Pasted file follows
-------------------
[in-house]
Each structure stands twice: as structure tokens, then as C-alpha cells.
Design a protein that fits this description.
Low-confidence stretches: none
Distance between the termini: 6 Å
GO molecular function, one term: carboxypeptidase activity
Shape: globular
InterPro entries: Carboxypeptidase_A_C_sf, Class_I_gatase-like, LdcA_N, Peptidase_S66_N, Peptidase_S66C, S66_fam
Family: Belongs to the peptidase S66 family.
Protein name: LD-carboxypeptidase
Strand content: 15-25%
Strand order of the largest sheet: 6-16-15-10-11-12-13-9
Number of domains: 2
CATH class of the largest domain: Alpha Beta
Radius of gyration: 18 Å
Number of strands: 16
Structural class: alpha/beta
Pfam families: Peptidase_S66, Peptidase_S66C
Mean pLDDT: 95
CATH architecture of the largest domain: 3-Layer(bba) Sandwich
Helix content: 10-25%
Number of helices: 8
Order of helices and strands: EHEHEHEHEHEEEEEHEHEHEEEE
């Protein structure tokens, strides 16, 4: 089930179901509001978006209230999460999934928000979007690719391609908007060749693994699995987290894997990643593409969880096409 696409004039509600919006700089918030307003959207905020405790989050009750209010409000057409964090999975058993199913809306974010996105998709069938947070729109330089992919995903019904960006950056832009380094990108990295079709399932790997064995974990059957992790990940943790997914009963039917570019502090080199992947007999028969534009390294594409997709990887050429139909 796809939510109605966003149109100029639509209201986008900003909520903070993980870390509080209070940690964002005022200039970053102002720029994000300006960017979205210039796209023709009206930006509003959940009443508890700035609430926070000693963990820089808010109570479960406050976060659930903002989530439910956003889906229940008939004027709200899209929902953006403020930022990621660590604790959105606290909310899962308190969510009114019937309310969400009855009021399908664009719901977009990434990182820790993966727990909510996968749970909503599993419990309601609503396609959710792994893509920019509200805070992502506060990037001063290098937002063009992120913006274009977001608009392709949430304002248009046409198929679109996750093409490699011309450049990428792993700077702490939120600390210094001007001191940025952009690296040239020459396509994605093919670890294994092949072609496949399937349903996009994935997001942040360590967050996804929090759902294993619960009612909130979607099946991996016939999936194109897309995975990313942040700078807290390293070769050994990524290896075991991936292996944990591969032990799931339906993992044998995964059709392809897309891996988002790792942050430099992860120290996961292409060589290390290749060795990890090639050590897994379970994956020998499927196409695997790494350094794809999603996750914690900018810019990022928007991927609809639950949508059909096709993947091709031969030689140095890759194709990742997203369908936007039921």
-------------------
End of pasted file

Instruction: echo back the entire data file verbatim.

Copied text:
[in-house]
Each structure stands twice: as structure tokens, then as C-alpha cells.
Design a protein that fits this description.
Low-confidence stretches: none
Distance between the termini: 6 Å
GO molecular function, one term: carboxypeptidase activity
Shape: globular
InterPro entries: Carboxypeptidase_A_C_sf, Class_I_gatase-like, LdcA_N, Peptidase_S66_N, Peptidase_S66C, S66_fam
Family: Belongs to the peptidase S66 family.
Protein name: LD-carboxypeptidase
Strand content: 15-25%
Strand order of the largest sheet: 6-16-15-10-11-12-13-9
Number of domains: 2
CATH class of the largest domain: Alpha Beta
Radius of gyration: 18 Å
Number of strands: 16
Structural class: alpha/beta
Pfam families: Peptidase_S66, Peptidase_S66C
Mean pLDDT: 95
CATH architecture of the largest domain: 3-Layer(bba) Sandwich
Helix content: 10-25%
Number of helices: 8
Order of helices and strands: EHEHEHEHEHEEEEEHEHEHEEEE
């Protein structure tokens, strides 16, 4: 089930179901509001978006209230999460999934928000979007690719391609908007060749693994699995987290894997990643593409969880096409 696409004039509600919006700089918030307003959207905020405790989050009750209010409000057409964090999975058993199913809306974010996105998709069938947070729109330089992919995903019904960006950056832009380094990108990295079709399932790997064995974990059957992790990940943790997914009963039917570019502090080199992947007999028969534009390294594409997709990887050429139909 796809939510109605966003149109100029639509209201986008900003909520903070993980870390509080209070940690964002005022200039970053102002720029994000300006960017979205210039796209023709009206930006509003959940009443508890700035609430926070000693963990820089808010109570479960406050976060659930903002989530439910956003889906229940008939004027709200899209929902953006403020930022990621660590604790959105606290909310899962308190969510009114019937309310969400009855009021399908664009719901977009990434990182820790993966727990909510996968749970909503599993419990309601609503396609959710792994893509920019509200805070992502506060990037001063290098937002063009992120913006274009977001608009392709949430304002248009046409198929679109996750093409490699011309450049990428792993700077702490939120600390210094001007001191940025952009690296040239020459396509994605093919670890294994092949072609496949399937349903996009994935997001942040360590967050996804929090759902294993619960009612909130979607099946991996016939999936194109897309995975990313942040700078807290390293070769050994990524290896075991991936292996944990591969032990799931339906993992044998995964059709392809897309891996988002790792942050430099992860120290996961292409060589290390290749060795990890090639050590897994379970994956020998499927196409695997790494350094794809999603996750914690900018810019990022928007991927609809639950949508059909096709993947091709031969030689140095890759194709990742997203369908936007039921």